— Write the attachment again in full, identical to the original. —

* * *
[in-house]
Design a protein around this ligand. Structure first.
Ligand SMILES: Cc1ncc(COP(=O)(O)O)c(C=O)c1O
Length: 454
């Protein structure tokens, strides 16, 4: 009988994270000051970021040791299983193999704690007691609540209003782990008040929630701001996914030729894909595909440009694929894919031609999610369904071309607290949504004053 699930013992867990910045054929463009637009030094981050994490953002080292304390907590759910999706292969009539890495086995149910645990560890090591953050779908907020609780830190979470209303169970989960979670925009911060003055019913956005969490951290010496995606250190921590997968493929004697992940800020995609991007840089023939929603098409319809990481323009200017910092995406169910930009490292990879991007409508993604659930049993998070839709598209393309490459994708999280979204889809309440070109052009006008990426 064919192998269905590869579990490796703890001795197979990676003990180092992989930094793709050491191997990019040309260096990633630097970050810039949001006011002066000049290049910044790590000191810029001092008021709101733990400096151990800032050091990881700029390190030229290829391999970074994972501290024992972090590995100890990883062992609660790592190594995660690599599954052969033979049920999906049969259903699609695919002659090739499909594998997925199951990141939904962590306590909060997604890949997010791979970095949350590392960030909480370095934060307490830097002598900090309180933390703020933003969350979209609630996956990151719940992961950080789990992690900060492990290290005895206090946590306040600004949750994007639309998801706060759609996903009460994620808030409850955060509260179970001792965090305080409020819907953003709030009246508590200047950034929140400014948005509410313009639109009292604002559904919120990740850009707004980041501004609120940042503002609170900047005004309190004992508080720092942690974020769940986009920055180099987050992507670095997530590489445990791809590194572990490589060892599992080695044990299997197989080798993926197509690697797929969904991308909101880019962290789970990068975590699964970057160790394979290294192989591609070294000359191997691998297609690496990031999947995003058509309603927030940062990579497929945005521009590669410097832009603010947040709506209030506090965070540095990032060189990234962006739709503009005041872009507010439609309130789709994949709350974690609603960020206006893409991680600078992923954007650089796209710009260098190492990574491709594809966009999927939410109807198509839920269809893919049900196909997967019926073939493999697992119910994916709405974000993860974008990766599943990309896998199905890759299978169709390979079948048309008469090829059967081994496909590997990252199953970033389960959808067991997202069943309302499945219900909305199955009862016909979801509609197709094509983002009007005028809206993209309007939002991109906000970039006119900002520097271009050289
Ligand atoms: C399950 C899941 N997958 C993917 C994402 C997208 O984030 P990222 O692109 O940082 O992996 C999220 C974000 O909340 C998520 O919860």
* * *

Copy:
[in-house]
Design a protein around this ligand. Structure first.
Ligand SMILES: Cc1ncc(COP(=O)(O)O)c(C=O)c1O
Length: 454
């Protein structure tokens, strides 16, 4: 009988994270000051970021040791299983193999704690007691609540209003782990008040929630701001996914030729894909595909440009694929894919031609999610369904071309607290949504004053 699930013992867990910045054929463009637009030094981050994490953002080292304390907590759910999706292969009539890495086995149910645990560890090591953050779908907020609780830190979470209303169970989960979670925009911060003055019913956005969490951290010496995606250190921590997968493929004697992940800020995609991007840089023939929603098409319809990481323009200017910092995406169910930009490292990879991007409508993604659930049993998070839709598209393309490459994708999280979204889809309440070109052009006008990426 064919192998269905590869579990490796703890001795197979990676003990180092992989930094793709050491191997990019040309260096990633630097970050810039949001006011002066000049290049910044790590000191810029001092008021709101733990400096151990800032050091990881700029390190030229290829391999970074994972501290024992972090590995100890990883062992609660790592190594995660690599599954052969033979049920999906049969259903699609695919002659090739499909594998997925199951990141939904962590306590909060997604890949997010791979970095949350590392960030909480370095934060307490830097002598900090309180933390703020933003969350979209609630996956990151719940992961950080789990992690900060492990290290005895206090946590306040600004949750994007639309998801706060759609996903009460994620808030409850955060509260179970001792965090305080409020819907953003709030009246508590200047950034929140400014948005509410313009639109009292604002559904919120990740850009707004980041501004609120940042503002609170900047005004309190004992508080720092942690974020769940986009920055180099987050992507670095997530590489445990791809590194572990490589060892599992080695044990299997197989080798993926197509690697797929969904991308909101880019962290789970990068975590699964970057160790394979290294192989591609070294000359191997691998297609690496990031999947995003058509309603927030940062990579497929945005521009590669410097832009603010947040709506209030506090965070540095990032060189990234962006739709503009005041872009507010439609309130789709994949709350974690609603960020206006893409991680600078992923954007650089796209710009260098190492990574491709594809966009999927939410109807198509839920269809893919049900196909997967019926073939493999697992119910994916709405974000993860974008990766599943990309896998199905890759299978169709390979079948048309008469090829059967081994496909590997990252199953970033389960959808067991997202069943309302499945219900909305199955009862016909979801509609197709094509983002009007005028809206993209309007939002991109906000970039006119900002520097271009050289
Ligand atoms: C399950 C899941 N997958 C993917 C994402 C997208 O984030 P990222 O692109 O940082 O992996 C999220 C974000 O909340 C998520 O919860």